Where should the graffiti versions of "Veni, vidi, vici" ("Vidi, vici, veni", "Vici, veni, VD") be put? -- Jimregan 18:56, 14 Sep 2003 (UTC)
Julius Caesar's last words will always be a forum of great debate......graffiti shouldn't be (A Adamson)
This is what I have done, and I am Caesar.Edit
Does anybody know whether the following quote is actually by Julius Caesar?
"Beware the leader who bangs the drums of war in order to whip the citizenry into a patriotic fervor, for patriotism is indeed a double-edged sword. It both emboldens the blood, just as it narrows the mind. And when the drums of war have reached a fever pitch and the blood boils with hate and the mind has closed, the leader will have no need in seizing the rights of the citizenry. Rather, the citizenry, infused with fear and blinded by patriotism, will offer up all of their rights unto the leader and gladly so. How do I know? For this is what I have done, and I am Caesar."
- This statement has also been wrongly attributed to William Shakespeare, but the actual author is unknown. The article on it at Snopes.com states : "No record of this quote has been found prior to its appearance on the Internet in late 2001." I have now added a "Misattributions" section with this in it. ~ Achilles † 06:23, 26 December 2005 (UTC)
I recall Caesar saying something about war giving the right to the victors to give whatever conditions they want to the vanquished (or something along those lines). Any further information on this?
"Iacta alea est" or "Alea iacta est"?Edit
Since both versions of this phrase have a lot of currency, I looked around and discovered an online source in Latin of Suetonius' Divus Iulius, which shows in Paragraph 33 that the phrase is "Iacta alea est." This is also the version used in Bartlett's Familiar Quotations and The Oxford Dictionary of Quotations. I will include a link to the Suetonius in my revision of the quote. - InvisibleSun 13:45, 22 June 2006 (UTC)
I love treason but hate a traitor.
-- Gaius Julius Caesar
Wikiquote no longer allows unsourced quotations, and they are in process of being removed from our pages (see Wikiquote:Limits on quotations); but if you can provide a reliable, precise and verifiable source for any quote on this list please move it to Julius Caesar. --Antiquary 16:12, 25 July 2009 (UTC)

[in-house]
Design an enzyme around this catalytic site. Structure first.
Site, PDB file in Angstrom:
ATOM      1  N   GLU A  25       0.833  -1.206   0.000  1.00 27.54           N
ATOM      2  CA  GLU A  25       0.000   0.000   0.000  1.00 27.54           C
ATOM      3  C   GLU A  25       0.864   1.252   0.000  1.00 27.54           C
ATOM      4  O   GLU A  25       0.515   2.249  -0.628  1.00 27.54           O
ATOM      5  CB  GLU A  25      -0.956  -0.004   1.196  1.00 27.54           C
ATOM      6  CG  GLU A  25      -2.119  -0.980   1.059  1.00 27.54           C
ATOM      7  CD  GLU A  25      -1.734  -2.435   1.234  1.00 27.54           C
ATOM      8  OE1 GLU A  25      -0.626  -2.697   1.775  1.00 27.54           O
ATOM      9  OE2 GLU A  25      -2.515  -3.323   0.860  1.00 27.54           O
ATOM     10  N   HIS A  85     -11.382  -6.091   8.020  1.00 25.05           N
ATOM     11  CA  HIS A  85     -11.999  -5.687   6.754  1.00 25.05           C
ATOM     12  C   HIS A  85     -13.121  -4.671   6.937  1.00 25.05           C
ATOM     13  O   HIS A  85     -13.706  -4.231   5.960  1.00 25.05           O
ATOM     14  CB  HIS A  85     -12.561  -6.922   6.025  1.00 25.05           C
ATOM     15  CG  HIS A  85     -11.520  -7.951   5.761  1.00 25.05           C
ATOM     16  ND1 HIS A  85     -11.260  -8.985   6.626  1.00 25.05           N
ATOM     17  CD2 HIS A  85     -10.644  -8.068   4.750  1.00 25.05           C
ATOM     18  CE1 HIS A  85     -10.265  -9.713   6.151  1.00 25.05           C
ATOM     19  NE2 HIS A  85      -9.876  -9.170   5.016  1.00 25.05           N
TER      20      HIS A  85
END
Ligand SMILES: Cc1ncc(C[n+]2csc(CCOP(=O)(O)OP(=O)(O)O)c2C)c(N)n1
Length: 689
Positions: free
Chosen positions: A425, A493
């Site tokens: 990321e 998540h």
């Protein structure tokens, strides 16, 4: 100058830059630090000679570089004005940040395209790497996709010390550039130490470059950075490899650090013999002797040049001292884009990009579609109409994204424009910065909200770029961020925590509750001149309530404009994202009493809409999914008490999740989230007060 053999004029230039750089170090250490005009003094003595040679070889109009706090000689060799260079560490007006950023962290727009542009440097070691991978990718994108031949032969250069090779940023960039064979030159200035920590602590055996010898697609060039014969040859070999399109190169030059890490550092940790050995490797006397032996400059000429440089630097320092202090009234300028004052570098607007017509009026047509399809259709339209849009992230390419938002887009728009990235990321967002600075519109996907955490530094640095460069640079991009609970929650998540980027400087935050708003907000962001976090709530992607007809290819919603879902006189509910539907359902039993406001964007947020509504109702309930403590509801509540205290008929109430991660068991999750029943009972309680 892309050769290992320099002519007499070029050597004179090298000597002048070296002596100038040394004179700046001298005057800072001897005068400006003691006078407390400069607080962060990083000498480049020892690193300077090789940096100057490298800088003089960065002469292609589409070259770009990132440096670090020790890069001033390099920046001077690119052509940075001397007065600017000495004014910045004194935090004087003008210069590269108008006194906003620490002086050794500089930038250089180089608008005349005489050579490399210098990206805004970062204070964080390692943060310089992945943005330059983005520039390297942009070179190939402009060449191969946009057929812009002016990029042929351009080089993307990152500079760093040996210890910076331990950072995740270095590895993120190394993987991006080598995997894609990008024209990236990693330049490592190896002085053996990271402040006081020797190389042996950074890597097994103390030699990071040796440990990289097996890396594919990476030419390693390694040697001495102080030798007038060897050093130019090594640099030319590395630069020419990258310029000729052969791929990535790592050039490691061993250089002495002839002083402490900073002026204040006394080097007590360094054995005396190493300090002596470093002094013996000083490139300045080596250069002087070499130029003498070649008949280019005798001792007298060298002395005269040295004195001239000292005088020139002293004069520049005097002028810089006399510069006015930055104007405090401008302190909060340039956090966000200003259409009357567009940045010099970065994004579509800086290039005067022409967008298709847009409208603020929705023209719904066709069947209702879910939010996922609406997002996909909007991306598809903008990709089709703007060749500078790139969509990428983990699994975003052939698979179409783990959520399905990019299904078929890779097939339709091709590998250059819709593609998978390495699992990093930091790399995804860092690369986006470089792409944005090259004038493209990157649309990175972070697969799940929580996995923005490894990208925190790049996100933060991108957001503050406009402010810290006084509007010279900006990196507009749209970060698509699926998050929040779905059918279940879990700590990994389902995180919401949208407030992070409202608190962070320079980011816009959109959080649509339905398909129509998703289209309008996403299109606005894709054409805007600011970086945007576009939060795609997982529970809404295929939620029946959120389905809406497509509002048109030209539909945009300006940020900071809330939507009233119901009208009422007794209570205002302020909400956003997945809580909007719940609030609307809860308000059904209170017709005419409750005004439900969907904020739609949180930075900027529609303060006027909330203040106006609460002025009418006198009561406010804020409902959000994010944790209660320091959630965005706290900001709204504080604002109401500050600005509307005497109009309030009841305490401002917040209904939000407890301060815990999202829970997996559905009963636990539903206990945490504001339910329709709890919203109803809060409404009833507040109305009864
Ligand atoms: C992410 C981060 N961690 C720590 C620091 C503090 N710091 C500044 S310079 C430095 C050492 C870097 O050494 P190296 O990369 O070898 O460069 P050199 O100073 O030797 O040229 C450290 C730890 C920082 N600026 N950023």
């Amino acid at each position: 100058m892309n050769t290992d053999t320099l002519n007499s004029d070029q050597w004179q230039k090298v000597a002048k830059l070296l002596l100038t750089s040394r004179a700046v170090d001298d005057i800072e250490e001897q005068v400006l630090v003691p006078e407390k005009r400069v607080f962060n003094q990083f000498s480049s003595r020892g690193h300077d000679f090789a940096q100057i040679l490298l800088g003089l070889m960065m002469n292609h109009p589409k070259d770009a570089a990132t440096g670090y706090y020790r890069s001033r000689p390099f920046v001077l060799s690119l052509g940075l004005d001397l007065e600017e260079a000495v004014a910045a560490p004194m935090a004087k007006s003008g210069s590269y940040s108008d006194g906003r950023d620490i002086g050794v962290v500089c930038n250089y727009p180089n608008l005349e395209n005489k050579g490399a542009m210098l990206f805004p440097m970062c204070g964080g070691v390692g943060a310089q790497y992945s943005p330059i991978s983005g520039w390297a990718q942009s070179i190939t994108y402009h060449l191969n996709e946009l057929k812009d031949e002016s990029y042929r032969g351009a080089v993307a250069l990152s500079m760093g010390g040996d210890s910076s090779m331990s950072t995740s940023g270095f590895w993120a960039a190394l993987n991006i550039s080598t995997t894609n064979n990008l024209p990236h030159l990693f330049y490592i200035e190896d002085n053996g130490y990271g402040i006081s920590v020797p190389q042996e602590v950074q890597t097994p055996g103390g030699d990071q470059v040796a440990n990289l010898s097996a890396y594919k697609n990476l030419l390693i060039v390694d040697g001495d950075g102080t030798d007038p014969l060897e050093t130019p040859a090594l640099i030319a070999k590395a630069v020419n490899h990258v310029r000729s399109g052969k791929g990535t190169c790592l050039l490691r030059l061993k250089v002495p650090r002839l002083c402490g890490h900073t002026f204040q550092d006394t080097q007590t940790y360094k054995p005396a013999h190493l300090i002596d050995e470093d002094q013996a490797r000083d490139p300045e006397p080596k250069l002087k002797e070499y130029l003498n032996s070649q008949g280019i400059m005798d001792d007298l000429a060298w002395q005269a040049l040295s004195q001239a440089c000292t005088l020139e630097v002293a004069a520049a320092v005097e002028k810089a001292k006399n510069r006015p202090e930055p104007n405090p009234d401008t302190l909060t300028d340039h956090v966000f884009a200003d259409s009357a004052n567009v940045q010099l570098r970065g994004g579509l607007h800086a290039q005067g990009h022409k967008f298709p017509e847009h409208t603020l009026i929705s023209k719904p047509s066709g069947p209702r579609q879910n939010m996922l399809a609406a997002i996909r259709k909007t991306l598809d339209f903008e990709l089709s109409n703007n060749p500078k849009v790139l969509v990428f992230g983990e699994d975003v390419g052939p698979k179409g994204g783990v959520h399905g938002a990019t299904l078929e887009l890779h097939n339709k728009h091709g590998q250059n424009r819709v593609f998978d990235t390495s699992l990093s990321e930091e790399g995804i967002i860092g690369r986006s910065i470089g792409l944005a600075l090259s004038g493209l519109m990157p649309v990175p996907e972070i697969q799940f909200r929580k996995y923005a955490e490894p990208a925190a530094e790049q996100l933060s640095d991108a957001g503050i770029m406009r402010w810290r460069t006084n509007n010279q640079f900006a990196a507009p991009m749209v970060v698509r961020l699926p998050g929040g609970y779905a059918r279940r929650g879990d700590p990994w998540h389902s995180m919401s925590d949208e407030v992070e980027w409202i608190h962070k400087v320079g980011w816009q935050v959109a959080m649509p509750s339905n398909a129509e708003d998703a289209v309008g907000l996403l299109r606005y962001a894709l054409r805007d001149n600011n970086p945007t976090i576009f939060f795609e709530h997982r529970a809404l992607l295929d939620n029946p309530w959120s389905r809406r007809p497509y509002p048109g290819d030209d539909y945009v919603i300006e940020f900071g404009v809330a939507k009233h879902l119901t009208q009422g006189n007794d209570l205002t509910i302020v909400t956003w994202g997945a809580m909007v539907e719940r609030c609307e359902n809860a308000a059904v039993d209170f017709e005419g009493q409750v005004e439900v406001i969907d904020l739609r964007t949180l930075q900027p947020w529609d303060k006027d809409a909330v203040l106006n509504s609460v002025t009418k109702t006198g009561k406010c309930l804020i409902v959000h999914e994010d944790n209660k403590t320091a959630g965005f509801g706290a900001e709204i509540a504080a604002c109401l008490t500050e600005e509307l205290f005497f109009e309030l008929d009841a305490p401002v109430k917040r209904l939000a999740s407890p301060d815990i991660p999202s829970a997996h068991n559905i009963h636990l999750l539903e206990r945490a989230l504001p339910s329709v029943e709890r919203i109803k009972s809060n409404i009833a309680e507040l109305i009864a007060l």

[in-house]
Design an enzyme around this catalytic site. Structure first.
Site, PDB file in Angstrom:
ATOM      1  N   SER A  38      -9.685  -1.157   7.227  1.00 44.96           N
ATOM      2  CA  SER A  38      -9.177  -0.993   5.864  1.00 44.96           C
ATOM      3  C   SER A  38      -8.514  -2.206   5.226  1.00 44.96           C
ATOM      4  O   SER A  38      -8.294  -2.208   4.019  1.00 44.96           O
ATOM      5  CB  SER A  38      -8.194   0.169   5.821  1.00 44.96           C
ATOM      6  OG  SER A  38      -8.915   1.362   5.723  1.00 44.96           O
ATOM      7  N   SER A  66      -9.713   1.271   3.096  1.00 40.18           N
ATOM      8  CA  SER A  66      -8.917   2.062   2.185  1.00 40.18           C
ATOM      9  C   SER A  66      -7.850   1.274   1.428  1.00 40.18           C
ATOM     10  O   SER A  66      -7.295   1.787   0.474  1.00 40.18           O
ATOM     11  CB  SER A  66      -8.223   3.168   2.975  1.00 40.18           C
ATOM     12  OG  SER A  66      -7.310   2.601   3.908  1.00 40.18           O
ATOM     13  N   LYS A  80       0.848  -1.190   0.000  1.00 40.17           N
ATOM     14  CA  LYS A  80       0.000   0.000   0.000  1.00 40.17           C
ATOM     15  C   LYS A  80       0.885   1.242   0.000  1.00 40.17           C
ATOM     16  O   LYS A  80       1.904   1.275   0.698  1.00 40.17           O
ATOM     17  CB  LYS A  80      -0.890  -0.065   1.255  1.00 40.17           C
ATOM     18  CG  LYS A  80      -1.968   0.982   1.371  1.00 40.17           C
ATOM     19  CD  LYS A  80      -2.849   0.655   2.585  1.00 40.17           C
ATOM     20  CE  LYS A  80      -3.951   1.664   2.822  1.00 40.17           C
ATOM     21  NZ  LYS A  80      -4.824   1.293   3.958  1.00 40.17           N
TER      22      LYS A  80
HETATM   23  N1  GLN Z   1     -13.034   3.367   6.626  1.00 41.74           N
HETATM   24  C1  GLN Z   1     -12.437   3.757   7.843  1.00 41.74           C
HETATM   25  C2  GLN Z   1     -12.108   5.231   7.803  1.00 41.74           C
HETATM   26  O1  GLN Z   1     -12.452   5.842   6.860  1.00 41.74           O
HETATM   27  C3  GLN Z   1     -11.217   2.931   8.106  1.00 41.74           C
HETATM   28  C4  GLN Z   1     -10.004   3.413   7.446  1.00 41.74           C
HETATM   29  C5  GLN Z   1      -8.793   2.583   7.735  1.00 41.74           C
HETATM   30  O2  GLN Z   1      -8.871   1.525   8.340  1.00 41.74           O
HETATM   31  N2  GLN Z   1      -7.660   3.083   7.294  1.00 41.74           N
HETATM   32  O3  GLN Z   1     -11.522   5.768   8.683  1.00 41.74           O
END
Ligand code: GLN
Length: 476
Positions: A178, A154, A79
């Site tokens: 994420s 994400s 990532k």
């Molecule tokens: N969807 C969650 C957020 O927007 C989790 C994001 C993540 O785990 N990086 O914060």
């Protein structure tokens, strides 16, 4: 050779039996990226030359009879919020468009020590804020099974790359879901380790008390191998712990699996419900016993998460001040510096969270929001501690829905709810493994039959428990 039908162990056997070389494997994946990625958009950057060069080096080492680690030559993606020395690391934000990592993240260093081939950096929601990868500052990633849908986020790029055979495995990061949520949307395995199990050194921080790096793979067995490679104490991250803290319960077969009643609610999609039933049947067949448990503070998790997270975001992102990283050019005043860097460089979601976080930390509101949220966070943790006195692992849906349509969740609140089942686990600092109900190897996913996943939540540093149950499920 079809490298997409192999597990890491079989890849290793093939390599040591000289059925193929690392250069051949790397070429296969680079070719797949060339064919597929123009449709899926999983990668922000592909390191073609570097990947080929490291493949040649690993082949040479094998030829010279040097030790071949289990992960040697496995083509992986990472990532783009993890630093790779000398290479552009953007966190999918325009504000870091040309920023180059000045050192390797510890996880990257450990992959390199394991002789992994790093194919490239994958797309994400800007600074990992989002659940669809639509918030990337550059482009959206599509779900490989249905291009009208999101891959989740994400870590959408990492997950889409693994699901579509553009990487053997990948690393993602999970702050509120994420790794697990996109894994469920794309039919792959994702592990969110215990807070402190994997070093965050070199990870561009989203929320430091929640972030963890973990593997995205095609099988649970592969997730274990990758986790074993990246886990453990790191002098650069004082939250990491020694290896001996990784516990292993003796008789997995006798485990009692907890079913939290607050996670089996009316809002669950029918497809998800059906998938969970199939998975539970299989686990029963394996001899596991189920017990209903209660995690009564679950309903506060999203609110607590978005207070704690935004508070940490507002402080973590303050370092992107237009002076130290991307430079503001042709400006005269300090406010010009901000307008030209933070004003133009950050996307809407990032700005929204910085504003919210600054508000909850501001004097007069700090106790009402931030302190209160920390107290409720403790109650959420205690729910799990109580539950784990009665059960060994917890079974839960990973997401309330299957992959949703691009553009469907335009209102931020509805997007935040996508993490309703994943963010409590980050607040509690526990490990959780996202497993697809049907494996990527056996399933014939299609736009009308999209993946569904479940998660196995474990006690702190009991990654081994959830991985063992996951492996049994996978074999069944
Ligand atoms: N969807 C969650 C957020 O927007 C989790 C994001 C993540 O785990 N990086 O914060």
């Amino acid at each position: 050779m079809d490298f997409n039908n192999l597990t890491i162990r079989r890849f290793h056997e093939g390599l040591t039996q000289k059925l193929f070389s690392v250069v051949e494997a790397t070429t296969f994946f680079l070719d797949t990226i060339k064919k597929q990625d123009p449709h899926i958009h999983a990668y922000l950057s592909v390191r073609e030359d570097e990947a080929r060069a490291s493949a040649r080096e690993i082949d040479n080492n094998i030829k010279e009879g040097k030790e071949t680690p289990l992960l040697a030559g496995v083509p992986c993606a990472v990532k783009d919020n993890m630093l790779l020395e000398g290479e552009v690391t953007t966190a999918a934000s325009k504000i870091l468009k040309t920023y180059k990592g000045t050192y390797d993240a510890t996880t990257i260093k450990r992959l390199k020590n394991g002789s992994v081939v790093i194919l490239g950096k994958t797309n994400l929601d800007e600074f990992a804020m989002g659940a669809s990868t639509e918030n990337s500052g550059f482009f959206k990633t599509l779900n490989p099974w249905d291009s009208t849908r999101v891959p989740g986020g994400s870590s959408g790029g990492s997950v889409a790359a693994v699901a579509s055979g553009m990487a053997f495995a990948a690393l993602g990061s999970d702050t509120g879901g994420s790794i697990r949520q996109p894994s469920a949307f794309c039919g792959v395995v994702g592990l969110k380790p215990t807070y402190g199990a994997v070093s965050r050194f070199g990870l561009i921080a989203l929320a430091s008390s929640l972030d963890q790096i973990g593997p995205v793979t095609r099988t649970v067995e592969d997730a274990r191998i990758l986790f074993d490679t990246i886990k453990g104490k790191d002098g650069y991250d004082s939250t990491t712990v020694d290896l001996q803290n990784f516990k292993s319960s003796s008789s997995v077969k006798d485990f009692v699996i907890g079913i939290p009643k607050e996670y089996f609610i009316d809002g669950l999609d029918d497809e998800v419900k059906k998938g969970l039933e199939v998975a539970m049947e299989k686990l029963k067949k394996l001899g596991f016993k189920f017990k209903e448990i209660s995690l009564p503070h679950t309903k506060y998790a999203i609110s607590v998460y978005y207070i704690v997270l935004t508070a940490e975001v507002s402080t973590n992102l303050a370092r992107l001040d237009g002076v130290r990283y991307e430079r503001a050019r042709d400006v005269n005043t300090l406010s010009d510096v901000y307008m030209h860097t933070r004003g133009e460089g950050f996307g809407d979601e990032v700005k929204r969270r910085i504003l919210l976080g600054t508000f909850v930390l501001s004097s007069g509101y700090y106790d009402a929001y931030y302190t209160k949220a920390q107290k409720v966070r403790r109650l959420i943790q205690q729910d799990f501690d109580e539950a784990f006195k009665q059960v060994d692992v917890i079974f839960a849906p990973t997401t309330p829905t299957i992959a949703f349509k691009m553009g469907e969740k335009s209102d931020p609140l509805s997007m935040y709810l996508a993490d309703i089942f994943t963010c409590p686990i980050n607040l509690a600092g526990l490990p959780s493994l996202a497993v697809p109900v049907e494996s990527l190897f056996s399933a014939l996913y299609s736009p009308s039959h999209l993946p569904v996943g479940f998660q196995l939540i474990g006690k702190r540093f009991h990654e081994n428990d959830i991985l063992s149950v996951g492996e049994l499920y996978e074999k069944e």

- As a rule, men worry more about what they can't see than about what they can.
- I would rather be first in a little Iberian village than second in Rome.
- On his way to Spain
- It is easier to find men who will volunteer to die, than to find those who are willing to endure pain with patience.
- Tu quoque, Brute, fili mi?
- You too, Brutus, my son?
- This appeared in William Shakespeare's play Julius Caesar as "Et tu, Brute" ("And you, also, Brutus?"), though Caesar's actual last words are unknown. They have been reported to be Greek, not Latin: "Καὶ σὺ τέκνον;" meaning "And you, child?"
- The future of the world rests on my shoulders and the gods of the seas rest in my hand.
- To prefer my friendship to that of those who have always been his and my bitter enemies, by whose machinations the country has been brought to its present impasse.
- In a request from Caesar to Pompey for a resolution to the impending civil war.
- Caeser's wife must be above suspicion.
Moved from the main article, because this alleged quote has no source, neither primary nor a secondary source referring to the origin of this legend. —220.127.116.11 16:27, 5 March 2010 (UTC)
- Nihil nobis metuendum est, praeter metum ipsum. [Nota bene: Which is the historical source from Antiquity that contains this Latin saying, allegedly by Caesar? It seems to be completely unkown/invented/dubious. There is a similar one by Seneca (Ep. Mor. ad Luc. 3.24.12: scies nihil esse in istis terribile nisi ipsum timorem), but Seneca is not Caesar.]
- We have not to fear anything, except fear itself.
- By legend [Nota bene: What legend? A modern internet legend? 19th century false scholarship? Shakespeare again? Mediaeval legend about Caesar? An ancient rumor? Sources please.] Caesar told it to his wife Calpurnia, who was praying him not to go to the Senate, where, as she saw in dream, he would die.